SAPPORO, Japan -- Even on Hokkaido, the postcard-pretty island half a world away from Canada's western shore, Jennifer Jones arrived with a cheering section in tow. True, it's a very small contingent, truncated by time and distance, just an echo of the buzz that fills world championships in more traditional curling markets.
  • How curling came to be in Hokkaido

    SAPPORO, Japan -- When curling first came to Hokkaido, there were few pebbled sheets, no curling centres like the one now sprung in Sapporo's southeast corner. Back then, Kuniyasu Tada remembered, he and his friends sometimes tried to roar their rocks across parking lots, or spritz water onto ice at the park.
  • Slowing down the clock of time

    This is what it feels like, to have a liquid facsimile of time punctured through the skin and spurted under your eye: nothing. It feels like nothing. OK, maybe you can feel a little. An occasional cold pop, a fleeting sharp flicker. But the sensations aren't painful, and they don't linger.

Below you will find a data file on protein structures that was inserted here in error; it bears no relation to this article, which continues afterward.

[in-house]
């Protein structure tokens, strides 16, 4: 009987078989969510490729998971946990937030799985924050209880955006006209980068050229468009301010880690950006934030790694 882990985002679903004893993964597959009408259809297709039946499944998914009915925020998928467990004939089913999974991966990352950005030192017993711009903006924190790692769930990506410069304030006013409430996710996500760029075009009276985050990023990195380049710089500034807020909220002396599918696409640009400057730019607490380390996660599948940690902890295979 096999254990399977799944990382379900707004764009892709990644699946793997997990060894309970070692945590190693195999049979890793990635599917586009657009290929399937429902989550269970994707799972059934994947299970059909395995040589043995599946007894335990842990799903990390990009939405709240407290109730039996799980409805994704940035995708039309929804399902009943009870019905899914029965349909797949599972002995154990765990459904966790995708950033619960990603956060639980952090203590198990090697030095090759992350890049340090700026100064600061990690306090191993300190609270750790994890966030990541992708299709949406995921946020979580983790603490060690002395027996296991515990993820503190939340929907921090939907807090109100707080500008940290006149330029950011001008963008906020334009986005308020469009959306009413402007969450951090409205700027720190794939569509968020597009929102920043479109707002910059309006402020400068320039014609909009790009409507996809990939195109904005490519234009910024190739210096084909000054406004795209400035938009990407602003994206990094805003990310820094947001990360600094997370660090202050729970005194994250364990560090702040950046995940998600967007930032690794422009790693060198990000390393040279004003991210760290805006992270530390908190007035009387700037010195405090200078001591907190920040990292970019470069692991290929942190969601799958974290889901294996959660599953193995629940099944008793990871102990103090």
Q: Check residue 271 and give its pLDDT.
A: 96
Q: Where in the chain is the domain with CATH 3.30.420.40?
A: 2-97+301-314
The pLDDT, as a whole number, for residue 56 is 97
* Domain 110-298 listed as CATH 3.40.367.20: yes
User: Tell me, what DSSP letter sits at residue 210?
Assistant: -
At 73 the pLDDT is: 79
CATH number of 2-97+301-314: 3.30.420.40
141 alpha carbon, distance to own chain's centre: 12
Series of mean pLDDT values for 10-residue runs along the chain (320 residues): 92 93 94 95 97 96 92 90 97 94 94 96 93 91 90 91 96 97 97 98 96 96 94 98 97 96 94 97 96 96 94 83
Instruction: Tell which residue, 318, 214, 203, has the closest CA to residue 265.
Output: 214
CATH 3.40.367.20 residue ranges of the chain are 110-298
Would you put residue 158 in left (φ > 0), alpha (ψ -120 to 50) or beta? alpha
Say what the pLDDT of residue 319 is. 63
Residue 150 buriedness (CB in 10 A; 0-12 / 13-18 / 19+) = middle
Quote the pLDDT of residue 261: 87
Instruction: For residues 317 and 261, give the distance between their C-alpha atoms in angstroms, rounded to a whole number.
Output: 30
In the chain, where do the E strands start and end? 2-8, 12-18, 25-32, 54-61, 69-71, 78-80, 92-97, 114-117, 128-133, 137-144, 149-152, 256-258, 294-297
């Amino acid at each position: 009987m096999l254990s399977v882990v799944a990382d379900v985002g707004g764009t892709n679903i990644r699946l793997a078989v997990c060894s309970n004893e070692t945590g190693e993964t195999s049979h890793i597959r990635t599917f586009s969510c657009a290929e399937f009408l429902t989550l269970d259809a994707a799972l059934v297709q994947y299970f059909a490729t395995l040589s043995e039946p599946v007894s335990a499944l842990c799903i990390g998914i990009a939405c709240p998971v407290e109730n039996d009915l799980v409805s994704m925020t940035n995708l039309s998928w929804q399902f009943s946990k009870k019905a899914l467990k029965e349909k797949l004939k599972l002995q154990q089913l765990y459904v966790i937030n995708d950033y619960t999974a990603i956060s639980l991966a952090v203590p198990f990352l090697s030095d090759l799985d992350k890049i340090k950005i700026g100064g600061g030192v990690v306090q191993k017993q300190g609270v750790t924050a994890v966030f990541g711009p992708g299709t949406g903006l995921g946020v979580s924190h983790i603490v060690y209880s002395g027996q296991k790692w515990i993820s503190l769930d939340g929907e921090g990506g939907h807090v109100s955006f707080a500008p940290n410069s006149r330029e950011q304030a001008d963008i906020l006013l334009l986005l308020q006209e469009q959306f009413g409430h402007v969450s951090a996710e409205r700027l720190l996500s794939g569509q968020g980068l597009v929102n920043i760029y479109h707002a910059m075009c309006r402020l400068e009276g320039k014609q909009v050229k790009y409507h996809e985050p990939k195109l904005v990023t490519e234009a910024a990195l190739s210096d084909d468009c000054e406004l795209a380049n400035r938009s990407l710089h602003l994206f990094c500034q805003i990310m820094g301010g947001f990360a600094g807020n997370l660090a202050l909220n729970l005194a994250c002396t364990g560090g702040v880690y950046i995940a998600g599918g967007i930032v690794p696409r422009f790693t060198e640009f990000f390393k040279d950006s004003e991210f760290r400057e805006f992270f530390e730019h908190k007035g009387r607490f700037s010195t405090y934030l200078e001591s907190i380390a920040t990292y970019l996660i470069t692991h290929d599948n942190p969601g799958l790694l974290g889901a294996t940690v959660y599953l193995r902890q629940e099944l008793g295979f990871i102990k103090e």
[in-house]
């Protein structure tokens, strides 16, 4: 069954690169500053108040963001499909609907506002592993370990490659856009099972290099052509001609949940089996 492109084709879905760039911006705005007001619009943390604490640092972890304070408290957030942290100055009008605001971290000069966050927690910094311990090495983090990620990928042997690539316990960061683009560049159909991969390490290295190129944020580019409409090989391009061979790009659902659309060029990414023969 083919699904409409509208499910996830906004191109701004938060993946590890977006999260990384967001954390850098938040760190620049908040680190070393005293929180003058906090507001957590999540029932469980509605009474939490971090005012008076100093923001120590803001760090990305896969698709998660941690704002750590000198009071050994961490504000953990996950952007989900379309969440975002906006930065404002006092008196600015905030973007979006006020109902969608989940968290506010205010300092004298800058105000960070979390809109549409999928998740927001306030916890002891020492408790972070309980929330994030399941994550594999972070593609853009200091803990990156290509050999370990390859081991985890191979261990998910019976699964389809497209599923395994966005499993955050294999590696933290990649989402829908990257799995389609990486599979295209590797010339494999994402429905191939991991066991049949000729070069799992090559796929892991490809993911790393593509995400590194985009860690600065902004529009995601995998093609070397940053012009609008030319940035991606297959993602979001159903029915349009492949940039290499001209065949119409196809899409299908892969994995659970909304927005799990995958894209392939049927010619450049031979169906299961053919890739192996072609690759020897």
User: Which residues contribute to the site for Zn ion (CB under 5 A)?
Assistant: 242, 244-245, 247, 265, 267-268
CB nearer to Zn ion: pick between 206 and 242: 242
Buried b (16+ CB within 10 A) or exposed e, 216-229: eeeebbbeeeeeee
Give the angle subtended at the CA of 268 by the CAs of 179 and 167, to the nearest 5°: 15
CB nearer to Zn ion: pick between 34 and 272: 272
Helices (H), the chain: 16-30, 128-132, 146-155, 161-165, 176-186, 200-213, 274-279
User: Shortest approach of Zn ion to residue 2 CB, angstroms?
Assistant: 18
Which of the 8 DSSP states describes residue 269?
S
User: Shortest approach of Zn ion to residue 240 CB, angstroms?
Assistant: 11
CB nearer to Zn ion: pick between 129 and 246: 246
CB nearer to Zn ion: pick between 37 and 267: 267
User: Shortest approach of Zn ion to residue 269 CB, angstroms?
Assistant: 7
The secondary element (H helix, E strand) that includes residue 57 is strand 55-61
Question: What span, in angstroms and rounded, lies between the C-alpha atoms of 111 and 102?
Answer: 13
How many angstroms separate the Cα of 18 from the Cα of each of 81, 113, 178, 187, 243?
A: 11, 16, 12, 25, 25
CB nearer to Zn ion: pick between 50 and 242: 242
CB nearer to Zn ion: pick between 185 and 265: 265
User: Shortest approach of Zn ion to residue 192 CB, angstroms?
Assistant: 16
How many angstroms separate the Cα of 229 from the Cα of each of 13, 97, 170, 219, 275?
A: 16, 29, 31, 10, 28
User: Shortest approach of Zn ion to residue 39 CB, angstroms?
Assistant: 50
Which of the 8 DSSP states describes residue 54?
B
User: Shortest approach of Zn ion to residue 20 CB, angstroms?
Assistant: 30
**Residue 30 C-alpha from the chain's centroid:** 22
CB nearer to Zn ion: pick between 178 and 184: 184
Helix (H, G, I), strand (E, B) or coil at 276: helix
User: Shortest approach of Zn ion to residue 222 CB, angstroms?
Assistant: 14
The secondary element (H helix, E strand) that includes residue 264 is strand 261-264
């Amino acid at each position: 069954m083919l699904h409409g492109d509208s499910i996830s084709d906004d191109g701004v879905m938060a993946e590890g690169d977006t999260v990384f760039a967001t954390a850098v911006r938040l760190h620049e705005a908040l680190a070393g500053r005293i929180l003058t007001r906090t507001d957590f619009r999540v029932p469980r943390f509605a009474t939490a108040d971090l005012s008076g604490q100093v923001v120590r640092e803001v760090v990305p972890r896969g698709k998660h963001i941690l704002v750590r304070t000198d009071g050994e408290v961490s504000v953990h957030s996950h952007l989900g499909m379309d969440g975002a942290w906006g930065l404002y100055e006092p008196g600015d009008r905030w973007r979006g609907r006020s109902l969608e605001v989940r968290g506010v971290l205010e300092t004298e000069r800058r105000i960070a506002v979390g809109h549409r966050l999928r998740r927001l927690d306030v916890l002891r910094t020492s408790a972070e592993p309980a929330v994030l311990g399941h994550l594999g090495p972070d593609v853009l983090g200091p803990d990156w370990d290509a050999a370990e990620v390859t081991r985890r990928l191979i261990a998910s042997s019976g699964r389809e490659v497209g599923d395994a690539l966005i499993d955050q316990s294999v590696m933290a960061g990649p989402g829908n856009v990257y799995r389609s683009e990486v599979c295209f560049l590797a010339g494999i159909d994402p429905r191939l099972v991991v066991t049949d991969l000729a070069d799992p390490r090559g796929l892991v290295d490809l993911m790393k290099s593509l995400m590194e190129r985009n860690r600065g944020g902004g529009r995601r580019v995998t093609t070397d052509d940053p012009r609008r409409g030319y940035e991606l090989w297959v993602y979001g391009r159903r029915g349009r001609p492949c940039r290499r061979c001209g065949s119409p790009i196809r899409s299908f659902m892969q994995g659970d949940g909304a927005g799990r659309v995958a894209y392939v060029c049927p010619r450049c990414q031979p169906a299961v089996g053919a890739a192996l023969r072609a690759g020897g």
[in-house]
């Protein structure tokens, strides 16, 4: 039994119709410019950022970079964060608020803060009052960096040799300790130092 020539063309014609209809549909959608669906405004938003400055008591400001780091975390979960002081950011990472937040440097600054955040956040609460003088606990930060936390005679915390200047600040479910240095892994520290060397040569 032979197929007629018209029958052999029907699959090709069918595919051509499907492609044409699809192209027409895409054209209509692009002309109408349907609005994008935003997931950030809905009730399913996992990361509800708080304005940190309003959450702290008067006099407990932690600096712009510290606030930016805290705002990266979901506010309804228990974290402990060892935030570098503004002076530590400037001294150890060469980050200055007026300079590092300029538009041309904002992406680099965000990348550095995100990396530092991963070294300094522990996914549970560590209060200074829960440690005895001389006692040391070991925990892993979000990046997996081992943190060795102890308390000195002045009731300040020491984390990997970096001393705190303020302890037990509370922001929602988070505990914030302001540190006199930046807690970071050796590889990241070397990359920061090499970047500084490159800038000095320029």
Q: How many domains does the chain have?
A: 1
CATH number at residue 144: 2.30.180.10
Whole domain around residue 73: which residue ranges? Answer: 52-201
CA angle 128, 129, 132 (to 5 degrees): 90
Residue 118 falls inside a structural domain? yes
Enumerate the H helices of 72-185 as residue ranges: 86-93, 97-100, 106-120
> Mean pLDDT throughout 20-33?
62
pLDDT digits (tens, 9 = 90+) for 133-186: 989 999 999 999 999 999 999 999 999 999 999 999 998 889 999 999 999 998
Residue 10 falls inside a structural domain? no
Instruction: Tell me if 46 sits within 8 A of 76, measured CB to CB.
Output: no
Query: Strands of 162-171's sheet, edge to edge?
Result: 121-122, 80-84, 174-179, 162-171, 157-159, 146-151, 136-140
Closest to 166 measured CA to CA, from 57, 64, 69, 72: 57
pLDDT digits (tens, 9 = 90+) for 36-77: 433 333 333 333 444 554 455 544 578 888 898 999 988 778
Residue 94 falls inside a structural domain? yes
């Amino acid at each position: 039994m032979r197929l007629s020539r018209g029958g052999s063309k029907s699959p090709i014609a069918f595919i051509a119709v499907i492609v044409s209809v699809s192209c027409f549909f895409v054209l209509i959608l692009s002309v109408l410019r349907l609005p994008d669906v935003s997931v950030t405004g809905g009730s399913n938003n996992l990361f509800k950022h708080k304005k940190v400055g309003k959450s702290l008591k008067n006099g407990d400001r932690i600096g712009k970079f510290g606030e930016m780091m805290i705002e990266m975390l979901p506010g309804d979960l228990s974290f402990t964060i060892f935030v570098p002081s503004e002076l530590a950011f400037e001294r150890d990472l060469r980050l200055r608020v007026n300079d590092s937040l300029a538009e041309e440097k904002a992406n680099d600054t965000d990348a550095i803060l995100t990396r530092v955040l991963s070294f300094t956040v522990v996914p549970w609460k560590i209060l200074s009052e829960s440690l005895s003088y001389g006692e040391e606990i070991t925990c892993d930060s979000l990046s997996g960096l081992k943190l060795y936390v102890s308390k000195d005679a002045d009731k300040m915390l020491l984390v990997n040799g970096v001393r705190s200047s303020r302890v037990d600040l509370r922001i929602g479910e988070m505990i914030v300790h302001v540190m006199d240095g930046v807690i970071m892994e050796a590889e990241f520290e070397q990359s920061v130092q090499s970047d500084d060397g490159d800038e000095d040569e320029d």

• Jones and Co. have plenty of competition for elusive global curling crown

    The drought has stretched longer than talent alone might have guessed, seven years passed since Canadian women captured world curling championship gold. Fifteen Canadian teams have done it, and Winnipeg's Jennifer Jones skipped the last. Now, it's up to Jones to go into Japan and bring the world championship back.
  • The need for constant vigilance

    Although it feels so very far away in mind and territory, this is a time when Winnipeg — and the world, really — should take a serious look at Ferguson, Mo. There are hard lessons in what exists there, in the rank abuses of power and privilege that fester there, that all of us need to see.
  • Full plate